Portland home cook brings Filipino fusion flavors to new PBS show ‘The Great American Recipe’

The world of food TV is hotter than ever, with seemingly endless servings of shows filling our screens. The newest addition to the menu is a PBS series, The Great American Recipe, an eight-part series that brings together home cooks from across the country to compete and showcase their favorite dishes. Among the hopefuls is Portlander Christina McAlvey, who specializes in foods that bring a touch of her Filipino heritage to all types of cuisines.

“This is really my first exposure to cook-offs,” says McAlvey, who lives in southwest Portland. Before she was cast in The Great American Recipe, McAlvey says she mostly watched cooking shows on TV for ideas on how to work in the kitchen.

“I watched the original Iron Chef filmed in Japan and I watched Ina Garten’s Barefoot Contessa and some of it,” recalls the 43-year-old. However, she could not keep up with competing shows such as “Top Chef”.

As it turns out, McAlvey got her first taste of television cooking competitions when she was cast in “The Great American Recipe,” which premieres Sunday on OPB. It was a process that took a while as the pandemic forced delays in the original production schedule.

Growing up in Saginaw, Michigan, McAlvey recalls her Filipino immigrant parents passing on their culture by teaching McAlvey how to cook. “My parents taught me to cook everything, and that’s how I started,” says McAlvey. “People said, ‘I’ve never eaten Filipino food,’ and my answer was, ‘Well, let me cook you something.’ It’s a way to connect.”

Since moving to Portland with her husband about 10 years ago, McAlvey has continued to meld Filipino flavors with other influences, taking advantage of the ingredients offered by Oregon farmers and vendors.

The Great American Recipe features, from left, Judge Tiffany Derry, presenter Alejandra Ramos, and judges Graham Elliot and Leah Cohen. (Photo: Courtesy of PBS/VPM)

McAlvey credits her husband with coining the term “fili-fusion” to describe their cooking style. This eclectic approach, she says, led her to prepare dishes like traditional lumpia and then stuff them with corned beef and cabbage to celebrate St. Patrick’s Day. Or arepas, where McAlvey took the Venezuelan-style preparation and added shredded pork adobo.

In addition to working as a small business lender for a community bank and teaching yoga, McAlvey also posted photos of the dishes she created on Instagram. These posts piqued the interest of a casting agent working on The Great American Recipe.

“As the kids like to say, someone snuck into my DMs on Instagram,” McAlvey says, “and sent me a message asking if I’d be interested in being cast on a cooking show.” The Trial began in early 2020, and when McAlvey determined the message wasn’t what she says was “a scam,” she applied and had two phone interviews.

“After the second phone interview, I received a message in August 2020 saying it seems COVID is really expanding and they need to postpone the show and taping,” says McAlvey. “Fast-forward to July 2021, almost a year later, and I got a call from one of the producers who said, ‘I don’t know if you remember who we are, but we’d love to re-establish the process.’ “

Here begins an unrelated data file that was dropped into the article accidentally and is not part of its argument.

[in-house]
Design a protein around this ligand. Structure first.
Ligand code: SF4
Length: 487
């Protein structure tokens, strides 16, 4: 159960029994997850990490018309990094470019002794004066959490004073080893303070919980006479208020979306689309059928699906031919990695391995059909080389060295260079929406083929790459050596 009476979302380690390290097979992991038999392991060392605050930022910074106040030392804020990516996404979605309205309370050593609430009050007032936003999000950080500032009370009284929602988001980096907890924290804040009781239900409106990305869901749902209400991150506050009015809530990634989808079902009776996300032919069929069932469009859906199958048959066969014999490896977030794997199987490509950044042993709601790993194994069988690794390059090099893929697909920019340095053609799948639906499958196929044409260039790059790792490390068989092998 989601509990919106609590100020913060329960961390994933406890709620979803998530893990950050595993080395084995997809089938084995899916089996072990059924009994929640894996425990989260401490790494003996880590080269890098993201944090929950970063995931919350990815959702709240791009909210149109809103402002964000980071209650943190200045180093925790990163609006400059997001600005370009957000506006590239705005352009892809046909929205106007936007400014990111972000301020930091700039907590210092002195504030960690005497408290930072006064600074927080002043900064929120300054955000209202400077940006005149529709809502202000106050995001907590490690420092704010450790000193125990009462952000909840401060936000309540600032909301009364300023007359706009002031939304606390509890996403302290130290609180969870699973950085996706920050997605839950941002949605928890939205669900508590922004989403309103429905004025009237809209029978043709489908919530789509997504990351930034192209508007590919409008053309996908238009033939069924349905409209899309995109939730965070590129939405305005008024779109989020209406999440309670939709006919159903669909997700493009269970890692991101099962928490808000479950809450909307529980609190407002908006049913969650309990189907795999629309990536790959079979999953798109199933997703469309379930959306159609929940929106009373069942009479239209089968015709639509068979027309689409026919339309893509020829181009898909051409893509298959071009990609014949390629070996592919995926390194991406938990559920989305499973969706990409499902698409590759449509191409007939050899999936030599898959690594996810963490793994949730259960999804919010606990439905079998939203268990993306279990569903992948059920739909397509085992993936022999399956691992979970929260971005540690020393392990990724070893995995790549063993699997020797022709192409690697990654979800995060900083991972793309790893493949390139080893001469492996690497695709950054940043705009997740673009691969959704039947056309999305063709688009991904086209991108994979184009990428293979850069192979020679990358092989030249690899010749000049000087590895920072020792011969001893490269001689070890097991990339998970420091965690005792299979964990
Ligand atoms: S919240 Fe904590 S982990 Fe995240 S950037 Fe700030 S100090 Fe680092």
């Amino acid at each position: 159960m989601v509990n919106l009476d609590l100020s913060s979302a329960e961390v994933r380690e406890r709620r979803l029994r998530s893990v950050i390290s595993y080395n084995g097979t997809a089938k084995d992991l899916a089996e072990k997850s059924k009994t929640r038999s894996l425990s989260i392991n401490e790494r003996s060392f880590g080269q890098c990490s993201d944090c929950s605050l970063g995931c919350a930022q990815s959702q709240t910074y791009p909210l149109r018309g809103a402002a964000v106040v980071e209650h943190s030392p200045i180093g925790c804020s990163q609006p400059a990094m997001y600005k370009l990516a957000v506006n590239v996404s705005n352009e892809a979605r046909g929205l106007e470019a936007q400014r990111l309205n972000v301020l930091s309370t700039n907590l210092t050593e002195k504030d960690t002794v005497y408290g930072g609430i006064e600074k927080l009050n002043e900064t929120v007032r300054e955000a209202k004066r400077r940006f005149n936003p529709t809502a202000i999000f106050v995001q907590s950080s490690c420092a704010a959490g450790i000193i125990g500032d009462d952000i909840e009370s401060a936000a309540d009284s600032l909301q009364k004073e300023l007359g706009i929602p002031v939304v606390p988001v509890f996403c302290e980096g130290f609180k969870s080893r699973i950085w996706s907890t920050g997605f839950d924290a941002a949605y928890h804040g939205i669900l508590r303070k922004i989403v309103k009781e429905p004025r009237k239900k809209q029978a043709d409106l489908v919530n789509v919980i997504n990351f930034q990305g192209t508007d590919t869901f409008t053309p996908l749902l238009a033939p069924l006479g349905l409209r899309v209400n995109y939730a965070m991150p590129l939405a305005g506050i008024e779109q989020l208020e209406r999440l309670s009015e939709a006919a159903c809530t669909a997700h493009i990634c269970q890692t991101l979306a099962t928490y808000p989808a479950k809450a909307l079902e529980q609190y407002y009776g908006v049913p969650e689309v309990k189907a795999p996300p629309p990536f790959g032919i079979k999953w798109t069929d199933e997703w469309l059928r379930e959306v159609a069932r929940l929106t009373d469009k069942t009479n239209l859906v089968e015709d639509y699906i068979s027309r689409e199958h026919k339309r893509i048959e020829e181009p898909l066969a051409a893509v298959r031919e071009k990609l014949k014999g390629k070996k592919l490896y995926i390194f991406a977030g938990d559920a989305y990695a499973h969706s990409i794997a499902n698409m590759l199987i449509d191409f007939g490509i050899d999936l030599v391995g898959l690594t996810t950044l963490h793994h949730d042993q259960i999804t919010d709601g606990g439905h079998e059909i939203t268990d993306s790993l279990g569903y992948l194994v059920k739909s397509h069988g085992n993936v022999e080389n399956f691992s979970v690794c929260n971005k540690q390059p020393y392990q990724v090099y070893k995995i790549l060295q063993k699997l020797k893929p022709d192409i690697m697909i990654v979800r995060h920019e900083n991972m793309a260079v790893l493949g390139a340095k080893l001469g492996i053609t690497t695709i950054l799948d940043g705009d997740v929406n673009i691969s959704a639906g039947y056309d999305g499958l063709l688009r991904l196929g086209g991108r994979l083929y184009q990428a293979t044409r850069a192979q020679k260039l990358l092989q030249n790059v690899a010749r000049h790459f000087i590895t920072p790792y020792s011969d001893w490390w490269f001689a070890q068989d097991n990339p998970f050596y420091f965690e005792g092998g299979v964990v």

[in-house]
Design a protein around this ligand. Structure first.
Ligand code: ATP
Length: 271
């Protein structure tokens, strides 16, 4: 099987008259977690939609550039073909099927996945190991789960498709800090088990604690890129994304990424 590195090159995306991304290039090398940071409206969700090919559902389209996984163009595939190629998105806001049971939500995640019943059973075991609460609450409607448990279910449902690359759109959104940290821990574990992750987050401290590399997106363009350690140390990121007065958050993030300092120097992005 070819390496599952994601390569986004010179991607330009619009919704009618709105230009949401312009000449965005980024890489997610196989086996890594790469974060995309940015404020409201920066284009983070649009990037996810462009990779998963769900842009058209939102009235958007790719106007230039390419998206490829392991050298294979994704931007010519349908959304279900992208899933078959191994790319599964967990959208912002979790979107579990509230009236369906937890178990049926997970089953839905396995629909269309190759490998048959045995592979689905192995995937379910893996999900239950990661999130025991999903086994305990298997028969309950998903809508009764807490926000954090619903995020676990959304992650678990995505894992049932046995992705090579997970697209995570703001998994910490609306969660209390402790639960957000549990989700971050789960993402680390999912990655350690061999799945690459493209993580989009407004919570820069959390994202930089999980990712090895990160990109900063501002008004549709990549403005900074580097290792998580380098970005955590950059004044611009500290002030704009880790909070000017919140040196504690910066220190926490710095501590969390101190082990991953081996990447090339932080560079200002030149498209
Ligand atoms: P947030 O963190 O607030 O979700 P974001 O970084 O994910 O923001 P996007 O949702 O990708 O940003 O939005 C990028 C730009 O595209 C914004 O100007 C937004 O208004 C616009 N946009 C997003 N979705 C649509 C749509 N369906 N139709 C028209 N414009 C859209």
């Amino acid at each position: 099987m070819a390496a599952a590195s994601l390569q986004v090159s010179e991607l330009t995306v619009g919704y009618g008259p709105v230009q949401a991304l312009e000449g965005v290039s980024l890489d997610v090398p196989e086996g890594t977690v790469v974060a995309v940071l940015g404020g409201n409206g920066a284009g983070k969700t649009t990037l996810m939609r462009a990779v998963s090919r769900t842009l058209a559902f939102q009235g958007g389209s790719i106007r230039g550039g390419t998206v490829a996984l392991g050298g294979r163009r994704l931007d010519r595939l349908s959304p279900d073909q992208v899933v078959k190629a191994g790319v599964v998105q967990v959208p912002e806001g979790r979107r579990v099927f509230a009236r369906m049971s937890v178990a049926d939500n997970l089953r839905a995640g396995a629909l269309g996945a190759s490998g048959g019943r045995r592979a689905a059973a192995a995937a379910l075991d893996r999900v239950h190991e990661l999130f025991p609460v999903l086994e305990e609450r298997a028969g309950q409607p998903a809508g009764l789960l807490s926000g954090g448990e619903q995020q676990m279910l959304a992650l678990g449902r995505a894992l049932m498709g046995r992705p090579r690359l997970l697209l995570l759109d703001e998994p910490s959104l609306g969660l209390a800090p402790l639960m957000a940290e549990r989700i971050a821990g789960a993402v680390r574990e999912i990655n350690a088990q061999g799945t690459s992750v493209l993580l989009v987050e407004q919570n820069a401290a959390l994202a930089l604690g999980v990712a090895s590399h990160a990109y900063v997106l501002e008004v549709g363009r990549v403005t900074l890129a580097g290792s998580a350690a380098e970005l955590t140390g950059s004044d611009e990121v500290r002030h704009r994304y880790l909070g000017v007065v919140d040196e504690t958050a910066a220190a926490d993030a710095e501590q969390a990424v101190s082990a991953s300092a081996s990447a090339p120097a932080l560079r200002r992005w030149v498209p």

After a few more Zoom calls and a mock cooking attempt via Zoom, McAlvey received a call just before Labor Day weekend 2021 and said, “You’re getting kicked out, so here’s your info.”

The show was filmed outside of Richmond, Virginia in a bright, barn-like set reminiscent of the British cooking series known in the US as The Great British Baking Show. Watching the first episode of The Great American Recipe, it’s hard to miss echoes of the convivial feel-good vibe of The Great British Baking Show.

According to McAlvey, that was purely on purpose. The producers like the positive atmosphere of the British show and wanted to convey a similar feeling.

Like cooking shows like Taste the Nation, The Great American Recipe is designed to celebrate the multicultural influences in American cuisine. Alejandra Ramos, who has appeared as a food and lifestyle contributor on the Today show and Telemundo, is hosting. The judges are Top Chef veterans Tiffany Derry and Leah Cohen, and Graham Elliot, a well-known food TV presence thanks to his appearances on shows like Top Chef, MasterChef and MasterChef Junior.

Every week the participants cook in two rounds. At the end of each episode, one chef will be sent home, and at the end of the contest, one of their recipes will appear on the cover of The Great American Recipe Cookbook.

Though McAlvey can’t reveal how she’s doing in the competition, she says one of the biggest surprises was the challenge. “I’m a very fit person,” says McAlvey. “I used to be a fitness trainer and I like to think I’m in pretty good shape. The big shock for me was how physically draining it was. You stand on a concrete floor and cook for 12 to 14 hours, there is a lot of repetition and repetition. I’m glad I wore sneakers.”

According to McAlvey, the best part about attending the show was meeting her fellow chefs. “The 10 of us are very close,” she says. “We have a text message that we use to keep in touch and share recipe tips.”

To celebrate, McAlvey is hosting a watch party and fundraiser related to The Great American Recipe. The show premieres on PBS on Friday, June 24, but OPB won’t air it until Sunday, June 26 at 7 p.m. on Strong Street. In support of the Portland Food Project, one of McAlvey’s recipes will be available and raffle prizes will be offered. The event is free, but attendees should register by clicking the link on McAlvey’s Instagram profile: https://www.instagram.com/filipina_fox/?hl=en

The Great American Recipe airs Sunday, June 26 at 7 p.m. on OPB.

– Kristi Turnquist

kturnquist@oregonian.com 503-221-8227 @Kristiturnquist

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